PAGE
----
Then there's the matter of overall arm health. Both pitchers had Tommy John surgery late in their rookie season. Both were brought back from the surgery slowly by Washington, appearing in a handful of starts at the end of the following season and restricted to roughly 160 innings the year after that. Zimmermann has had a relatively clean bill of health since. Looking at Baseball Prospectus' injury data, a brief bit of shoulder inflammation in July 2012 didn't cause Zimmermann to miss any time and did not re-occur. A sore neck the next July coincided with the All-Star break and also did not happen again, and after he was hit in the pitching shoulder by a comebacker in his penultimate regular-season start last year, all he did in his next two starts was throw a no-hitter and come one out shy of a shutout in the Division Series against the Giants.
Strasburg, however, hit the disabled list in June 2013 due to a latissimus dorsi strain, has had several instances of tightness in his pitching arm (including forearm tightness that kept him out of action for two weeks in September 2013) and had surgery to remove loose bodies from his pitching elbow in October 2013. He was healthy throughout 2014, and his 34 starts and 215 innings pitched were the most in a single season by either pitcher. But he also lost another half-tick off his fastball, resulting in a decline of a full mile per hour in his average four-seamer from 2012 to '14.
That leads us to the fascinating fact that Strasburg, who averaged 98.9 mph on his four-seamer as a rookie in 2010 before Tommy John surgery, now throws roughly the same speed as Zimmermann. Per BrooksBaseball.net, in 2014, Strasburg's four-seam fastball had an average velocity of 95.67 mph, while Zimmermann's was at 94.63. The key difference there is not the remaining mile per hour, but the fact that Zimmerman's velocity has remained staggeringly consistent over the last three seasons (94.62, 94.62, 94.63), while Strasburg's has continued to decline.
So Strasburg is younger, but Zimmermann appears to be healthier. Strasburg compiles more strikeouts, but Zimmermann has more command of the strike zone and is arguably more dominant. What about the results? I'm not talking about pitching wins (though Zimmermann has a clear advantage there, 57-43), but about a starting pitcher's two main jobs: eating innings and preventing runs. We've already seen that Zimmermann's efficiency has made him the better innings eater over the last two seasons despite Strasburg taking the ball more in 2014. Per Fielding Independent Pitching, Strasburg has been the more effective pitcher over the last three seasons, posting a 3.00 FIP to Zimmermann's 3.18, but it's probably that FIP is making an excessive correction for Zimmermann's advantage in batting average on balls in play.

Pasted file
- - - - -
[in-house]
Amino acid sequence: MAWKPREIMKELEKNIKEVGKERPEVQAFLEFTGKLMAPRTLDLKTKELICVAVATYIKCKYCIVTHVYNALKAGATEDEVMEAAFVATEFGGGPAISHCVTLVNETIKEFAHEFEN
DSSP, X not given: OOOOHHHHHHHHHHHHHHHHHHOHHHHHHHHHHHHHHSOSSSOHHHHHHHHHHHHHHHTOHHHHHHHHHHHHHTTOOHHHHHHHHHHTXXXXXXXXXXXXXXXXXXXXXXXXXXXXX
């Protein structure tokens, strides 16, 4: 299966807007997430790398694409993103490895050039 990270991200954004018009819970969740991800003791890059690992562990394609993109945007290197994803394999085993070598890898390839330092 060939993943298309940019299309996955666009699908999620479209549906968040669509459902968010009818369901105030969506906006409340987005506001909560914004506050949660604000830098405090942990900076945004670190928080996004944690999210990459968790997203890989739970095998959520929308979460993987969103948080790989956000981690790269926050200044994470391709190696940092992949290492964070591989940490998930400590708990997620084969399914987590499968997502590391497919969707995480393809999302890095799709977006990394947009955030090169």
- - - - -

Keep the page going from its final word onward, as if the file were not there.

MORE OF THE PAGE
As we saw above, Zimmermann's superior ability to get first-pitch strikes puts hitters at a disadvantage that has a significant impact on their results. Add in his higher pop-up rate, and it seems likely that Zimmermann's lower BABIP — .290 over the last three years compared to Strasburg's .301 — is due less to luck than to excellent pitching. After all, .290 is hardly an aberrant figure: The major league BABIP against righthanded pitchers in 2014 was .297. Given a righthander who excels at getting first-pitch strikes and pop-ups, .290 seems plenty sustainable. Indeed, Zimmermann's BABIP has seen less fluctuation than Strasburg's over the last three years, never changing by more than 30 points from one year to the next, while Strasburg's fell 50 points in 2013 and bounced back 55 points last year.
That brings us back to their actual on-field results. Since 2012, Zimmermann has posted a 2.96 ERA (131 ERA+) to Strasburg's 3.10 (124), and over the last two seasons, with Strasburg more than two years removed from his Tommy John surgery and with his innings limits removed, Zimmermann has posted a 2.96 ERA (128 ERA+) in 413 innings to Strasburg's 3.08 (124) in 398 innings.
There may be no right (or wrong) choice between the two of them, but I feel more confident about Zimmermann's future than Strasburg's. That's partially due to Strasburg's slightly more complicated medical history and corresponding decline in velocity -- however gradual it may be -- and partially due to my belief that Zimmermann is simply the better pitcher right now, as seen in both his overall success and the elements thereof, such as his strikeout-to-walk ratio, and first-pitch-strike and pop-up rates. Mix in the fact that Strasburg, by virtue of being younger and having an extra year team control remaining, as well as being a former No. 1 pick and nationally-celebrated phenom, might bring a stronger return in a trade, and the decision to extend Zimmerman and trade Strasburg is one that I could make with confidence.
Most significantly, by signing Zimmermann instead of Strasburg, Washington could stand pat for 2015. That would allow the team to take one crack at winning a championship with Desmond and the mind-blowing rotation of Scherzer, Zimmermann, Strasburg, Fister and Gio Gonzalez, and still have the option of cashing in one of its young aces, in this case Strasburg, via a trade prior to his walk year.
That seems like the best of all possible worlds for the Nationals and their fans, and confirms my decision: The Nationals should extend Jordan Zimmermann now and trade Stephen Strasburg next winter.